In news which will surprise nobody, I suffer from CFS/ME. It's a difficult condition to manage, not only because of its effects but also because of the way people react to it – or, more specifically, don't react to it.
CFS/ME, fibromyalgia, and similar conditions present – to the uninformed eye – as a person being antisocial and lazy. One of the top worries for a sufferer who is able to hold down a job is how our colleagues and superiors feel about us. Even when a job isn't involved, we have the same worries about our friends.
So when we hear this particular compliment (or a variant) it completely paralyses us with worry. That compliment?
"You're looking really well"
Suddenly, the efforts that we've made to tell people about our conditions, while trying to come across as self-motivated, mature, and responsible, seem like they're nothing.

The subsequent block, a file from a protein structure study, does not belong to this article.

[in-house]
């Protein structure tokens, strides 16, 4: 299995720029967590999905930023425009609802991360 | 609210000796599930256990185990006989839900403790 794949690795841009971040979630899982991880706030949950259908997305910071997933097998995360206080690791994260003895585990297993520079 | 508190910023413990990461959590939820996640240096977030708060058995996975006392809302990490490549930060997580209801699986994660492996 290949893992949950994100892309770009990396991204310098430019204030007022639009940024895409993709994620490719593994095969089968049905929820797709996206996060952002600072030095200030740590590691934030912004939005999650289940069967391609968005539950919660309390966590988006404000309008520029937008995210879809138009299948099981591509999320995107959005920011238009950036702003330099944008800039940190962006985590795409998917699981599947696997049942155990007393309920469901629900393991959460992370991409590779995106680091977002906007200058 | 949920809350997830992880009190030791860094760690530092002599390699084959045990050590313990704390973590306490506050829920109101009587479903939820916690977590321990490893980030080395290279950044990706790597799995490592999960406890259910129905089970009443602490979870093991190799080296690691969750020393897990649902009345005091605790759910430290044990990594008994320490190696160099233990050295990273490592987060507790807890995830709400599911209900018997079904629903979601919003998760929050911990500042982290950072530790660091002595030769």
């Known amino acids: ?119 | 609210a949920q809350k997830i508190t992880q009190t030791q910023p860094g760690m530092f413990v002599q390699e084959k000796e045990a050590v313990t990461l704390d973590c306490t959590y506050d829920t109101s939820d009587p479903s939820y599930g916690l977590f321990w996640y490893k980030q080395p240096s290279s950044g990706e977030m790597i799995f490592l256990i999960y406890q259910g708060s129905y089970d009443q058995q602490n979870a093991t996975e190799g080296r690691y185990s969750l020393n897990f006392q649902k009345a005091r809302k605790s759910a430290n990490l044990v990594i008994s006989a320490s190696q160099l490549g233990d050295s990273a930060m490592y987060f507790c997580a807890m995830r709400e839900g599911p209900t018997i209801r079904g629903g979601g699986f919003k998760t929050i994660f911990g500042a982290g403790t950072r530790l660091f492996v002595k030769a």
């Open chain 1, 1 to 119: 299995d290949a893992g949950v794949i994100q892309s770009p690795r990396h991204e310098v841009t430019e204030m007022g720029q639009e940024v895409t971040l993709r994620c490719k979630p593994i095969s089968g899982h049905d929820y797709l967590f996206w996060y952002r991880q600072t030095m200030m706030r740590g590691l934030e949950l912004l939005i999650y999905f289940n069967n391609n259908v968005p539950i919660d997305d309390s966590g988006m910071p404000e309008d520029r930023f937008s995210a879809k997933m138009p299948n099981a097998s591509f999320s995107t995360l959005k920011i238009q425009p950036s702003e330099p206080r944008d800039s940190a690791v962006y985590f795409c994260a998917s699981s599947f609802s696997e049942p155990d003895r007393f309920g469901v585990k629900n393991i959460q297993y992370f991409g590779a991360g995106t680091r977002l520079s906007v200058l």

Others see us as well people, because we're looking really well.
Does this mean that everyone's judging us on the basis of what a well person should be capable of? Do the cornucopia of fuckups that our conditions bring seem like they're wilful? And, critically, do the vast majority of people – who, necessarily, we haven't made the enormous effort to try to explain our conditions to – think that we should be doing better?
It's a statement that comes from the best of places, and especially from people who do understand the condition. It's meant to make us feel better, to make us feel less of a failure. It does the opposite.
What would we rather hear? "Wow, you look like crap" is actually better. The ideal, though, is nothing. Not commenting on my outward appearance of health is an implicit statement that you understand that appearances are completely meaningless.
If you want to talk about how we're doing, ask us. Understand that a hidden illness is called that for a reason, and that your support is not only appreciated but critically important.
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